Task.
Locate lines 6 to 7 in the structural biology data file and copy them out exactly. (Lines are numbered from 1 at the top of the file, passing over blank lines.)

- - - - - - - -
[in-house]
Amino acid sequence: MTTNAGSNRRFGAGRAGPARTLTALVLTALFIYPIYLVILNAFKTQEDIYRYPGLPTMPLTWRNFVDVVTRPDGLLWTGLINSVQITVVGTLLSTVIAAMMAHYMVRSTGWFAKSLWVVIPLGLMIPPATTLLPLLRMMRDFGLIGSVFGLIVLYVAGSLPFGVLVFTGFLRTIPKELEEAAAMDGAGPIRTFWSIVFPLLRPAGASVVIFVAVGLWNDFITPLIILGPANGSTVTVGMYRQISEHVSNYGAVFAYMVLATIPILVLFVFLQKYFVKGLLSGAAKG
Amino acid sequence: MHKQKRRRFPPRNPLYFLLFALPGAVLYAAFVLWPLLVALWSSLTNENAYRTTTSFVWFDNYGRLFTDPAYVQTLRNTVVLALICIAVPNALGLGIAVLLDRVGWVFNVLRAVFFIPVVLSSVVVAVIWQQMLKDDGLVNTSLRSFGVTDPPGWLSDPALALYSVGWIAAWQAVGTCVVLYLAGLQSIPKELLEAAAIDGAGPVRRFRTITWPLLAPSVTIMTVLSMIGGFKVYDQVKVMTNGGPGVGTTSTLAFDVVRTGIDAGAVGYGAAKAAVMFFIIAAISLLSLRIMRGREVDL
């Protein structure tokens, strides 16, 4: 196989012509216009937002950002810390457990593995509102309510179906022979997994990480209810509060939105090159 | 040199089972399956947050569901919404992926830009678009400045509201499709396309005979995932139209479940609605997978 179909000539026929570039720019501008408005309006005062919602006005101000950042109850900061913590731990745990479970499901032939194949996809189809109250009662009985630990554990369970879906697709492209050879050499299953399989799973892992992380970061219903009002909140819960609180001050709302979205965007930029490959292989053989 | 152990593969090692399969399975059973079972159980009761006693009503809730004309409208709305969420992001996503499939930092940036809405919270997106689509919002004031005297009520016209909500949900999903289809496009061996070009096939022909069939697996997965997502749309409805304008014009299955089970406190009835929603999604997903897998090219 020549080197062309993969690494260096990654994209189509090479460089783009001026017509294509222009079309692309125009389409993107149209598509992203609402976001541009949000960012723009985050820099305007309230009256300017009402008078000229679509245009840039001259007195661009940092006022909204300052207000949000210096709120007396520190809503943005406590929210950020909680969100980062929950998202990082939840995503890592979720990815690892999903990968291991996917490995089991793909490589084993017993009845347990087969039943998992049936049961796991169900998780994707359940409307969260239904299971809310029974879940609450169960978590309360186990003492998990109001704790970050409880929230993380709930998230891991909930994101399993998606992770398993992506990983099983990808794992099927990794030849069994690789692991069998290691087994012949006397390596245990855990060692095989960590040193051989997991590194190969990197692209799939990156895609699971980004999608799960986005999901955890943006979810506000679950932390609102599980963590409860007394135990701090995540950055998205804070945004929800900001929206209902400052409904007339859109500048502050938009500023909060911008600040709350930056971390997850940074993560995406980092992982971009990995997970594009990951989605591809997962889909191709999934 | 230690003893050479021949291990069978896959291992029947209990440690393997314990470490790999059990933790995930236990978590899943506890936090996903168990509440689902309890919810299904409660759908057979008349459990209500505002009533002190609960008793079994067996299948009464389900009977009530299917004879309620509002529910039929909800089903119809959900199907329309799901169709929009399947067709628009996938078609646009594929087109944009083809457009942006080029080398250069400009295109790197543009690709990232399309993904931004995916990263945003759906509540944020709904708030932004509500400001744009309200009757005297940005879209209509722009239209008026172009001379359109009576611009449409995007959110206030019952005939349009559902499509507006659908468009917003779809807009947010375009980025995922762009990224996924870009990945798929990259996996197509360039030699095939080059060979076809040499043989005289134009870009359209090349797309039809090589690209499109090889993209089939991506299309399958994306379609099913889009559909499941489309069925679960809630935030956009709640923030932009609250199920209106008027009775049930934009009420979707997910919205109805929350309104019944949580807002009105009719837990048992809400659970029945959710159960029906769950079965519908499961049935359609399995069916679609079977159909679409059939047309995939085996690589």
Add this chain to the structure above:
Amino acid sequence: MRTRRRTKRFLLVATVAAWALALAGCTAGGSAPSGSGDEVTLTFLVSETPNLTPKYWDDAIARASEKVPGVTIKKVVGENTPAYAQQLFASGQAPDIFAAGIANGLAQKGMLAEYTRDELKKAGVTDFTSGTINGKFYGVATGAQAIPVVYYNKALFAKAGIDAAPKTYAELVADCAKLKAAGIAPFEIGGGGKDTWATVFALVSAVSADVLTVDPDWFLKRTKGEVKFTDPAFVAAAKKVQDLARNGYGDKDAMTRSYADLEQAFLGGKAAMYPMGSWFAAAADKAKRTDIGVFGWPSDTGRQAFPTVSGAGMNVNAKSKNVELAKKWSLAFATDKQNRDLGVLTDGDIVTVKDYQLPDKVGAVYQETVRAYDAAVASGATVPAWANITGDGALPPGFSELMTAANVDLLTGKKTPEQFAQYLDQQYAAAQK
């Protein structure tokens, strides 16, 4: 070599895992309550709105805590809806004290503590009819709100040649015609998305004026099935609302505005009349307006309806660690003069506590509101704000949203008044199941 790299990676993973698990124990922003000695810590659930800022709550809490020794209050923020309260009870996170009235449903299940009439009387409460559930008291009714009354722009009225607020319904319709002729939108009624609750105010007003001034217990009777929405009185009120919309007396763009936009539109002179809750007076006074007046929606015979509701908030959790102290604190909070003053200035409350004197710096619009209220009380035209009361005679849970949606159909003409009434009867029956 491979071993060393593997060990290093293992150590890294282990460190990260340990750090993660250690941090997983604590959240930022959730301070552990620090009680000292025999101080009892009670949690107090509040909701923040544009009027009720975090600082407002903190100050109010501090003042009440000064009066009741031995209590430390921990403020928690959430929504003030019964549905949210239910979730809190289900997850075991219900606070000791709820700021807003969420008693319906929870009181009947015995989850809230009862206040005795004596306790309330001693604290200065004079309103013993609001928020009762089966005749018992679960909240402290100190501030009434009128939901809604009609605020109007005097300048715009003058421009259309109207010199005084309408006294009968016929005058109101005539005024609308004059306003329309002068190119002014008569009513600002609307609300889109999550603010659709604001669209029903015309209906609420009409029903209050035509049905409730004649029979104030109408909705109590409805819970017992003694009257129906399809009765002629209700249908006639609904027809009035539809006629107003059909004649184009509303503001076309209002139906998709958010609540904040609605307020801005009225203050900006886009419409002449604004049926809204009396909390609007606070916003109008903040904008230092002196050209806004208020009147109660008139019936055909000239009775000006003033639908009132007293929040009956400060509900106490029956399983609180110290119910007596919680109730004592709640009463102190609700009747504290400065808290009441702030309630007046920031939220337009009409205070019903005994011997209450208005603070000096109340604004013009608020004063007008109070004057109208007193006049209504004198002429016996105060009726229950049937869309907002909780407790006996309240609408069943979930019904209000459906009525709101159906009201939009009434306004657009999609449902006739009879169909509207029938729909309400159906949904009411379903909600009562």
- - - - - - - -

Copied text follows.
Amino acid sequence: MRTRRRTKRFLLVATVAAWALALAGCTAGGSAPSGSGDEVTLTFLVSETPNLTPKYWDDAIARASEKVPGVTIKKVVGENTPAYAQQLFASGQAPDIFAAGIANGLAQKGMLAEYTRDELKKAGVTDFTSGTINGKFYGVATGAQAIPVVYYNKALFAKAGIDAAPKTYAELVADCAKLKAAGIAPFEIGGGGKDTWATVFALVSAVSADVLTVDPDWFLKRTKGEVKFTDPAFVAAAKKVQDLARNGYGDKDAMTRSYADLEQAFLGGKAAMYPMGSWFAAAADKAKRTDIGVFGWPSDTGRQAFPTVSGAGMNVNAKSKNVELAKKWSLAFATDKQNRDLGVLTDGDIVTVKDYQLPDKVGAVYQETVRAYDAAVASGATVPAWANITGDGALPPGFSELMTAANVDLLTGKKTPEQFAQYLDQQYAAAQK
């Protein structure tokens, strides 16, 4: 070599895992309550709105805590809806004290503590009819709100040649015609998305004026099935609302505005009349307006309806660690003069506590509101704000949203008044199941 790299990676993973698990124990922003000695810590659930800022709550809490020794209050923020309260009870996170009235449903299940009439009387409460559930008291009714009354722009009225607020319904319709002729939108009624609750105010007003001034217990009777929405009185009120919309007396763009936009539109002179809750007076006074007046929606015979509701908030959790102290604190909070003053200035409350004197710096619009209220009380035209009361005679849970949606159909003409009434009867029956 491979071993060393593997060990290093293992150590890294282990460190990260340990750090993660250690941090997983604590959240930022959730301070552990620090009680000292025999101080009892009670949690107090509040909701923040544009009027009720975090600082407002903190100050109010501090003042009440000064009066009741031995209590430390921990403020928690959430929504003030019964549905949210239910979730809190289900997850075991219900606070000791709820700021807003969420008693319906929870009181009947015995989850809230009862206040005795004596306790309330001693604290200065004079309103013993609001928020009762089966005749018992679960909240402290100190501030009434009128939901809604009609605020109007005097300048715009003058421009259309109207010199005084309408006294009968016929005058109101005539005024609308004059306003329309002068190119002014008569009513600002609307609300889109999550603010659709604001669209029903015309209906609420009409029903209050035509049905409730004649029979104030109408909705109590409805819970017992003694009257129906399809009765002629209700249908006639609904027809009035539809006629107003059909004649184009509303503001076309209002139906998709958010609540904040609605307020801005009225203050900006886009419409002449604004049926809204009396909390609007606070916003109008903040904008230092002196050209806004208020009147109660008139019936055909000239009775000006003033639908009132007293929040009956400060509900106490029956399983609180110290119910007596919680109730004592709640009463102190609700009747504290400065808290009441702030309630007046920031939220337009009409205070019903005994011997209450208005603070000096109340604004013009608020004063007008109070004057109208007193006049209504004198002429016996105060009726229950049937869309907002909780407790006996309240609408069943979930019904209000459906009525709101159906009201939009009434306004657009999609449902006739009879169909509207029938729909309400159906949904009411379903909600009562």